Saturday, September 5, 2015

In the Wake of Joni (Part Two): Wendy McNeill’s One Colour More, Rickie Lee Jones’s The Other Side of Desire and Eleni Mandell’s Dark Lights Up

Last week I started a review of new releases by women who I think have been influenced by Joni Mitchell. This week three more titles from women who, like Joni, pursue their muse with creative enthusiasm and fearlessness. All three albums were released this year.

Wendy McNeill is from Calgary, Alberta, currently living in Sweden. She’s one of the freshest songwriters and performers in Canadian music today. And, like most “over-night success stories, she’s been working at her craft since 1997. Her latest release One Colour More (Hidden Pop) is an eclectic delight to the ears that was first released in Europe. The move to Sweden has paid off because the album is a blend of dream pop, cabaret and folk tunes wonderfully fused together. The adventuresome record reminds me of Joni Mitchell’s music because McNeill isn't interested in just one sound: Each song has its own pallet. This record floats with Italian flare on “In Bocca al Lupa” (into the wolf's mouth) then quickly settles down with a Parisian ballad, “Owl and Boy,” a funny tale about matchmakers. McNeill’s songs are imaginative stories that have a certain mystic charm, as heard on “Papusza and the Crows.”

In the liner notes McNeill has listed a number of source ideas for her songs including the works of American writer Annie Proulx and the Polish-Romani poet Bronislawa Wajs. She’s also cited several historical legends going back to the late 1800s, in particular The Doukhobors who migrated to Canada in 1899 by the thousands. Taking the point of view of a parent, McNeill weaves the tale of that migration with great design on “When the Strangest Weeds Take Hold.” Her song “September” is a little more straight-ahead in its repetitive guitar line as McNeill remembers, “the time before we thought we knew better.” The album closes with the beautifully delicate “Wide the Wonder, Wild the Hunger.” This is an album made without compromise featuring a style she describes as “Prairie Gothic.” Wendy McNeill has perfected the sound of intimacy and imagination in her music that I believe, best reflects the Mitchell influence by bringing you into her world, warts and all.

Born in Chicago in 1954, Rickie Lee Jones moved around a lot in her youth. By the time she was 18 her family had resided in Arizona and Washington State ending up in Huntington Beach California. But her new album was recorded in New Orleans, LA that is now home after Jones left the “cold” of Los Angeles to find a more humane and friendly community where people are respected. As she said in an interview with Shad on CBC Radio, “I identified with a collective of people who won't give up.” (

Another turning point that affected her song writing was the death of her friend Robin Williams, when she recognized the value of life and decided to refocus her creativity to writing “a joyful noise; a happy song and fighting at that darkness that gnaws at people.” The time has been well spent on her superb album, The Other Side of Desire (Tosod) that was released in June. The record is also a musical reflection of a thriving city. One obvious example is “J’ai Connais Pas” done in a Fats Domino style. Jones fits into the music nicely with bit of camp in her delivery. This is a woman with attitude in her voice without being ostentatious. For me Joni Mitchell's appeal as a vocalist, especially in her later recordings, was how confident she sounds. It’s the same for Rickie Lee Jones. Her performance on the slow burn “Haunted” is outstanding as she shapes every note and feels the meaning of every word she sings. Other highlights include “Infinity,” “Feet On The Ground” and “Christmas in New Orleans.”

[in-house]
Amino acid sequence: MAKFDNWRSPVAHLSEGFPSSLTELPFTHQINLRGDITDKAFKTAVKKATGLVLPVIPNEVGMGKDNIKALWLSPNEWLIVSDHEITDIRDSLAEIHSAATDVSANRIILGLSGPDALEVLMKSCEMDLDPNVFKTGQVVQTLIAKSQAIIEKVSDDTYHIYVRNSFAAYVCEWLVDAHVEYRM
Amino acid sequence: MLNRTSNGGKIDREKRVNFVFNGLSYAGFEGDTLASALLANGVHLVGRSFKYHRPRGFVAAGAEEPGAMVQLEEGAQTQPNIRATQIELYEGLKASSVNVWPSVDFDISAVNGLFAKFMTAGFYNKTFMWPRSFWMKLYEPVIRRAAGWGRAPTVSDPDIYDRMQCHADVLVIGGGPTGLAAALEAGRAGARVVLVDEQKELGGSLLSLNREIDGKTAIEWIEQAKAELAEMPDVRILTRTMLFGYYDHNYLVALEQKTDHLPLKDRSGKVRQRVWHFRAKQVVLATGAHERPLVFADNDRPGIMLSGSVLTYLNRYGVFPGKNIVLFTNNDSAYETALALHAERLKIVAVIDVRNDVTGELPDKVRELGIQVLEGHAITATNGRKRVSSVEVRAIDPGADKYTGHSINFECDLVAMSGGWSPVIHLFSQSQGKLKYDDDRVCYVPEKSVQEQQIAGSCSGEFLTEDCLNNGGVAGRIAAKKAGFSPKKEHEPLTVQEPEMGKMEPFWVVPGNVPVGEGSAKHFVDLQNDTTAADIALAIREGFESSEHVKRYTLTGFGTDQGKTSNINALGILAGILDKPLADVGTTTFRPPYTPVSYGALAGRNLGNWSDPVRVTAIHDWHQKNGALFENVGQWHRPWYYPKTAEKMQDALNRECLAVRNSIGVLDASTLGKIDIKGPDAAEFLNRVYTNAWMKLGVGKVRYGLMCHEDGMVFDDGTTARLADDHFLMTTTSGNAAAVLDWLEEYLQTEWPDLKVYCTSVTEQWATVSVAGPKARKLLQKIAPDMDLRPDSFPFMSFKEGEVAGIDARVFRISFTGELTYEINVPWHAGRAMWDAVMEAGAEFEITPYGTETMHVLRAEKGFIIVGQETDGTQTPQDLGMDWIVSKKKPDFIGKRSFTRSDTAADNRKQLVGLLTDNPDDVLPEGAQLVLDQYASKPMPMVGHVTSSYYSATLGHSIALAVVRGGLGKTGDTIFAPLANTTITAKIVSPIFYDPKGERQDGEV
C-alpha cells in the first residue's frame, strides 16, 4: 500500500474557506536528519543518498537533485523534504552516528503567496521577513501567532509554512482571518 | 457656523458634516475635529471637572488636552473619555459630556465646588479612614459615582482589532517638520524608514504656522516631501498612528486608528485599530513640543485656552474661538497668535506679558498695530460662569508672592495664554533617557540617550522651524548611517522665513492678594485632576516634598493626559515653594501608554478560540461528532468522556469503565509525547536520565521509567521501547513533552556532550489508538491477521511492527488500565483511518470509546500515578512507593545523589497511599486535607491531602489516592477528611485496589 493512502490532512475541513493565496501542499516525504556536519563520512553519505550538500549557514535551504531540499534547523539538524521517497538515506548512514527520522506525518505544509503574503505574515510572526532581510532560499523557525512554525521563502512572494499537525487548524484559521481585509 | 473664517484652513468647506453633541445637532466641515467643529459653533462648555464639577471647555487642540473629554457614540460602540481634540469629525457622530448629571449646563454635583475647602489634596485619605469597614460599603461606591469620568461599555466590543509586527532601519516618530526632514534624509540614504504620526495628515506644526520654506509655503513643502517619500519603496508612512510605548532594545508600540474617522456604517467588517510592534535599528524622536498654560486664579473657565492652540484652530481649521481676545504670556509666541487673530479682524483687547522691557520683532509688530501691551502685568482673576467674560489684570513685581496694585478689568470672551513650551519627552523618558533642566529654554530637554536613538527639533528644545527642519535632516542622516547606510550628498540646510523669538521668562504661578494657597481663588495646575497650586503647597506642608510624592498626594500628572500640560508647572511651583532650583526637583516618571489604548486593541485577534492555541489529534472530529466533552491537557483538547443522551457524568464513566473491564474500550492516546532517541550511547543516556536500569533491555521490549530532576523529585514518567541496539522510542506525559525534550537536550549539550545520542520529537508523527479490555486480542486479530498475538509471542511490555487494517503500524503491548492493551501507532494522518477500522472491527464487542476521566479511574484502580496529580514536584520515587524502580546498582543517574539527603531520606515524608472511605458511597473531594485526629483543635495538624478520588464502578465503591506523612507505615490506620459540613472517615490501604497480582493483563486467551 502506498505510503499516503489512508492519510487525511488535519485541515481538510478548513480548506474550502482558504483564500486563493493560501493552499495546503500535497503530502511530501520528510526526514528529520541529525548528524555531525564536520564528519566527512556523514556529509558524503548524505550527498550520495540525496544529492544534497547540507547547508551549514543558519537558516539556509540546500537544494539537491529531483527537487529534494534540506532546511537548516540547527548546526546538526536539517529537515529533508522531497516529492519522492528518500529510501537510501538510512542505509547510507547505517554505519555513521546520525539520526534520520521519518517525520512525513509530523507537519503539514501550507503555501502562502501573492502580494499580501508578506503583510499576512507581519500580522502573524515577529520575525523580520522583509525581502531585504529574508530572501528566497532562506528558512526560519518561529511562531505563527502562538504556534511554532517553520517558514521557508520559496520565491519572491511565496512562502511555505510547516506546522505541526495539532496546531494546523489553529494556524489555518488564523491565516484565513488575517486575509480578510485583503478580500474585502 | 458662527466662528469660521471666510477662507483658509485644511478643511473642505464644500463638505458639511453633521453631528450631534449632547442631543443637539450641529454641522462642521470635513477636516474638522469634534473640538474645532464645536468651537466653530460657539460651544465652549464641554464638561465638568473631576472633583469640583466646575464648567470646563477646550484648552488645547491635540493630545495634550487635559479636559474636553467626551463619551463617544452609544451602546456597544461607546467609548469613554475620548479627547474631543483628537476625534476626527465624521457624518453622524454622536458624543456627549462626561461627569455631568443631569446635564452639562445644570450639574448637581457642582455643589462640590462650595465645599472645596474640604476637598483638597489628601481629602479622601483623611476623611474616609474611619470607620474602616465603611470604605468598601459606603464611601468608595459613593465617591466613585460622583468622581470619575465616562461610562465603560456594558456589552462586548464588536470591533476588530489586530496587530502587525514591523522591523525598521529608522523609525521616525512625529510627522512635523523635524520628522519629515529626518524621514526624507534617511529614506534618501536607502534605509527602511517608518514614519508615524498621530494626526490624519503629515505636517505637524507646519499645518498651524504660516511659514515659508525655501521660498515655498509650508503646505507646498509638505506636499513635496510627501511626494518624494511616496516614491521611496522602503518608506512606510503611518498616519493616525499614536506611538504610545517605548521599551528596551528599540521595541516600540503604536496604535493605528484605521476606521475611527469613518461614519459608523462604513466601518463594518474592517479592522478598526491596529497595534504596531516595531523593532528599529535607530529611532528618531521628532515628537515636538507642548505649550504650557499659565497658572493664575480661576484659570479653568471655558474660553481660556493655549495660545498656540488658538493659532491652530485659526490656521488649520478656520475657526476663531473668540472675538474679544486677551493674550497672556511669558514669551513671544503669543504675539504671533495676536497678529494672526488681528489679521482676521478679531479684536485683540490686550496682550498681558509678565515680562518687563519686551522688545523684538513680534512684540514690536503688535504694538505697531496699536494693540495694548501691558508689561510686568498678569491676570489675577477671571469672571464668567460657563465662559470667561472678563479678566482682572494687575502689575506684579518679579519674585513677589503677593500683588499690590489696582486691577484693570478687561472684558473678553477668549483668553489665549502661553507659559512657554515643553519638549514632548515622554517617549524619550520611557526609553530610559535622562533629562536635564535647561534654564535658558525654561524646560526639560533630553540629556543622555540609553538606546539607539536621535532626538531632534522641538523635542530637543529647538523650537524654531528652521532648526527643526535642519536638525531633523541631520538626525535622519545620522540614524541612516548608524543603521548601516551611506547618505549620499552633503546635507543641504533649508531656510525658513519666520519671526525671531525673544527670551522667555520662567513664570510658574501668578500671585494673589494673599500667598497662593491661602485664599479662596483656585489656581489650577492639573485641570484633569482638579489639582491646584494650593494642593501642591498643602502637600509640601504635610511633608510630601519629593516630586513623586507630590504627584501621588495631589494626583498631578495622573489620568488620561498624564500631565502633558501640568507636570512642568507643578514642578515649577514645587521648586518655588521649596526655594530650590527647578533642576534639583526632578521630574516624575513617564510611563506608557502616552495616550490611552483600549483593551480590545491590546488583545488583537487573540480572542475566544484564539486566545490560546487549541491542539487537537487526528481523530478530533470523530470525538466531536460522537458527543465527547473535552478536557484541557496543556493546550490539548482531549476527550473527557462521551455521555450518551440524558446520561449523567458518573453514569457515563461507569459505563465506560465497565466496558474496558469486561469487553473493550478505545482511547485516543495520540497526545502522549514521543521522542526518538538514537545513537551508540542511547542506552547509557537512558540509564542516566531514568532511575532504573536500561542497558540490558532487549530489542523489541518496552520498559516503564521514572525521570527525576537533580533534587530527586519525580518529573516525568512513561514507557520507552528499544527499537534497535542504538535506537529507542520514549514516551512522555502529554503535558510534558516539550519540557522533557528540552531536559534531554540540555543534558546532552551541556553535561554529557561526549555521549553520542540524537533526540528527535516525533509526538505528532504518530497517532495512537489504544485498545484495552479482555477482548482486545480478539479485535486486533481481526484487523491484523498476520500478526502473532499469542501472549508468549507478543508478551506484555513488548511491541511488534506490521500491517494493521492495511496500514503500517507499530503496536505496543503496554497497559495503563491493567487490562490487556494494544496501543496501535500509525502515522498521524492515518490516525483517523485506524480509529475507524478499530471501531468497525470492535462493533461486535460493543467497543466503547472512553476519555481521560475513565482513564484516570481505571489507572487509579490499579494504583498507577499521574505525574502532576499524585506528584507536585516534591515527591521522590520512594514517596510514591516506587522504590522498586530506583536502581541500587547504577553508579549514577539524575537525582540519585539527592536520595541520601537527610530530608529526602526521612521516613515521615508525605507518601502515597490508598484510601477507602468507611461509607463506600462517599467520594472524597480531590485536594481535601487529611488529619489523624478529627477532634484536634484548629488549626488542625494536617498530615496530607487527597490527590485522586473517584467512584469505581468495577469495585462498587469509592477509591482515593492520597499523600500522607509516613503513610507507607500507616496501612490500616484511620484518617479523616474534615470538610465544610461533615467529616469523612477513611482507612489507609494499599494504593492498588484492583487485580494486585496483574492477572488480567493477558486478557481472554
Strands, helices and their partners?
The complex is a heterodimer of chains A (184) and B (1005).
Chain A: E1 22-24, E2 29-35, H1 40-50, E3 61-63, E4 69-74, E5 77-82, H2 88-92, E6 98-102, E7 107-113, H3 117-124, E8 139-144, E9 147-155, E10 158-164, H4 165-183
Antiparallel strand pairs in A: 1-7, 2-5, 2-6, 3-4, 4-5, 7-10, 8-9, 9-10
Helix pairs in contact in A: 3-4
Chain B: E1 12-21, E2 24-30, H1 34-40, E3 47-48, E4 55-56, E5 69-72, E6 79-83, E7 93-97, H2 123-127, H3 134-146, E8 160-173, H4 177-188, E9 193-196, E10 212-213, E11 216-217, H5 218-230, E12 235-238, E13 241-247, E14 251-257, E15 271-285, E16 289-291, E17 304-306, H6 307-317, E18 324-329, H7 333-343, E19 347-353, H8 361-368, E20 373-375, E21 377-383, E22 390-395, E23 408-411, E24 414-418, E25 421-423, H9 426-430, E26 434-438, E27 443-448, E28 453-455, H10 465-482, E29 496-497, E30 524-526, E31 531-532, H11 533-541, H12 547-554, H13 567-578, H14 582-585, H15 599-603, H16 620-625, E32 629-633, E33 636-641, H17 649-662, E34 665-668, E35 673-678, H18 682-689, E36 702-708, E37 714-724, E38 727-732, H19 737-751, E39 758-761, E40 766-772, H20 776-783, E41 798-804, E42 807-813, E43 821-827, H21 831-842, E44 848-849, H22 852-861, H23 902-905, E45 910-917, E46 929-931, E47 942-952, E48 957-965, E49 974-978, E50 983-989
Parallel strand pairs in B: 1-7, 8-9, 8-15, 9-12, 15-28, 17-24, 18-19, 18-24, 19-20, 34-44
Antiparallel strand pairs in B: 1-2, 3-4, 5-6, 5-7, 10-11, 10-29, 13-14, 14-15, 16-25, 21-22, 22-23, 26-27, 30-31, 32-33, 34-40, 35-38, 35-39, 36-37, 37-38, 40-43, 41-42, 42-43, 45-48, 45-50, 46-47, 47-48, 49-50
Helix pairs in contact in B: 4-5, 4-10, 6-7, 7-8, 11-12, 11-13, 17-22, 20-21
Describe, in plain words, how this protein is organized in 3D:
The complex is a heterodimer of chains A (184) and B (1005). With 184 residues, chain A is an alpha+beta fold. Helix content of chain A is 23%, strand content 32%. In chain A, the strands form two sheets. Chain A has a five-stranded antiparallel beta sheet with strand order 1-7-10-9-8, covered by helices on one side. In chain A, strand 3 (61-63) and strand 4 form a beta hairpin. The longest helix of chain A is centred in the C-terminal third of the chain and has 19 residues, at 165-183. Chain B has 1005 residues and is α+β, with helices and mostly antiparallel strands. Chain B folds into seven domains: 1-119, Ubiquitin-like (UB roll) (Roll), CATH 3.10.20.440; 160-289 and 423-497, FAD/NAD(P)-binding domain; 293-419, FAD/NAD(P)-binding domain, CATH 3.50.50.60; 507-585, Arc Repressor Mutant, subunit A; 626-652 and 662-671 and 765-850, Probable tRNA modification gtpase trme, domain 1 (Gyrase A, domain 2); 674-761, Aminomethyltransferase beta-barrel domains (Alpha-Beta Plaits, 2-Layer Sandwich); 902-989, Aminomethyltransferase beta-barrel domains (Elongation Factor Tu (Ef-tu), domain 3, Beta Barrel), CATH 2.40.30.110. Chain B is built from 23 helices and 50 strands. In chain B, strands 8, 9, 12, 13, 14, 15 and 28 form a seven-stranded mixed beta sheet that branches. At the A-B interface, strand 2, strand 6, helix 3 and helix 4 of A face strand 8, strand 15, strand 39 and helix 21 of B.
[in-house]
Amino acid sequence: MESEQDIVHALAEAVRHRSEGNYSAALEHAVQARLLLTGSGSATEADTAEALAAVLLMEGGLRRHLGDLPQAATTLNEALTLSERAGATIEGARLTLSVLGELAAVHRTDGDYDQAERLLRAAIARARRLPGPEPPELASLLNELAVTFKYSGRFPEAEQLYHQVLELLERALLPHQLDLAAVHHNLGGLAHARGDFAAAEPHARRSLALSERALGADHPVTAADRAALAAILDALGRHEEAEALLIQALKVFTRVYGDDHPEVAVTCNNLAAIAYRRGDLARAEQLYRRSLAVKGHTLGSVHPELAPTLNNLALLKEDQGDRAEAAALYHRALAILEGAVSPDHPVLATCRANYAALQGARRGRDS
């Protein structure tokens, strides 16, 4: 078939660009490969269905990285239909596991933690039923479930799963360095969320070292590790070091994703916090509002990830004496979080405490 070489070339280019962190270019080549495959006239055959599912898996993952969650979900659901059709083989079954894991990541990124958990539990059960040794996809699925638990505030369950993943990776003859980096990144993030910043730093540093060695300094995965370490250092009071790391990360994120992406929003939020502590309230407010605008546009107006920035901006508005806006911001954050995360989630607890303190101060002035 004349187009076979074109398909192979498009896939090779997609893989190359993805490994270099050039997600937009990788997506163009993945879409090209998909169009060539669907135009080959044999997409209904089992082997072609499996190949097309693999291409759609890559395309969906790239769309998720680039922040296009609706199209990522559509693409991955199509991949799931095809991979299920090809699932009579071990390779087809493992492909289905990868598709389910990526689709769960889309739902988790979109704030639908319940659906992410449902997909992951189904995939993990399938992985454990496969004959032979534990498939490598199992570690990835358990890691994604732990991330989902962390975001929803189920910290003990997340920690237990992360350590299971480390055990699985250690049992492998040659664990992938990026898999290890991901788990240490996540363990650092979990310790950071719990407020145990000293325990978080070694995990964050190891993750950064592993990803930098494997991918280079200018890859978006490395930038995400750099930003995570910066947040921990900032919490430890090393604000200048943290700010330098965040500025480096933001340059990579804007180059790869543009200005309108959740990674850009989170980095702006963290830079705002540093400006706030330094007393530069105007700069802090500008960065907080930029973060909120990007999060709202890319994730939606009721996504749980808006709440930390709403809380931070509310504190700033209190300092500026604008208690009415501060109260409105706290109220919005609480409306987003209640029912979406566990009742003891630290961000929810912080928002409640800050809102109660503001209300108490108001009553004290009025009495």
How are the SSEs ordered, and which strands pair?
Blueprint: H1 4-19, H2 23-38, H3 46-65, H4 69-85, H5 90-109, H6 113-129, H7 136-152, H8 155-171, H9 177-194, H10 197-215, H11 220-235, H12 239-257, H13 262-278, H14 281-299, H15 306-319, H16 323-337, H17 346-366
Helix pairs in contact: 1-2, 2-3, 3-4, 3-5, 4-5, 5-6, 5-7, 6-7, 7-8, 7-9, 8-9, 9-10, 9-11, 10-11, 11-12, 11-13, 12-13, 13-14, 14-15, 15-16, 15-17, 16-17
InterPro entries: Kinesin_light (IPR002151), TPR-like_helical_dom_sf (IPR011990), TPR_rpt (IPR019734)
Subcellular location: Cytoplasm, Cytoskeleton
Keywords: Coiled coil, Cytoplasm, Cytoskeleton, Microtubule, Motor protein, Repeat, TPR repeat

Inspired by the American songwriter Roger Miller, Eleni Mandell, from Los Angeles, has released a first-rate collection of songs that are the perfect antidote to the fast-paced 21st Century. Her album Dark Lights Up (Yep Roc) opens with the whimsical “I'm Old Fashioned” as Mandell sings about walking to the post office to mail a letter and talking to her friends on “the telephone plugged into the wall.” It’s a song about the face-to-face experience some people find old fashioned in 2015. The album is full of irreverence for the socially limiting technology of the new generation. But Mandell isn’t waxing nostalgic or lamenting a past; she’s finding absurdity in it all because to her life’s too short to take things seriously. On the subject of love, it too can be hard to catch in the new century. As she sings in the bridge to “Someone to Love Like You,” “some people can, some people can’t and some never stop trying.” Mandell has a lot of charm in her voice but it’s a bit of a trick because the songs all have a sense melancholy underneath the presentation. In other words, Mandell, like Roger Miller, can easily juxtapose a sad song under a major key as she does on “Town Called Heartache.” It’s a beautiful lyric with some mighty fine turns of phrase, a quality that distinguishes the songs of Joni Mitchell and Roger Miller. Highlights include “Old Lady,” “Baby Don't Call” and “Cold Snap.”

John Corcelli is a music critic, broadcast/producer, musician and member of the Festival Wind Orchestra. He's just finished Frank Zappa FAQ: All That's Left to Know About the Father of Invention (Backbeat Books) to be released in 2016.

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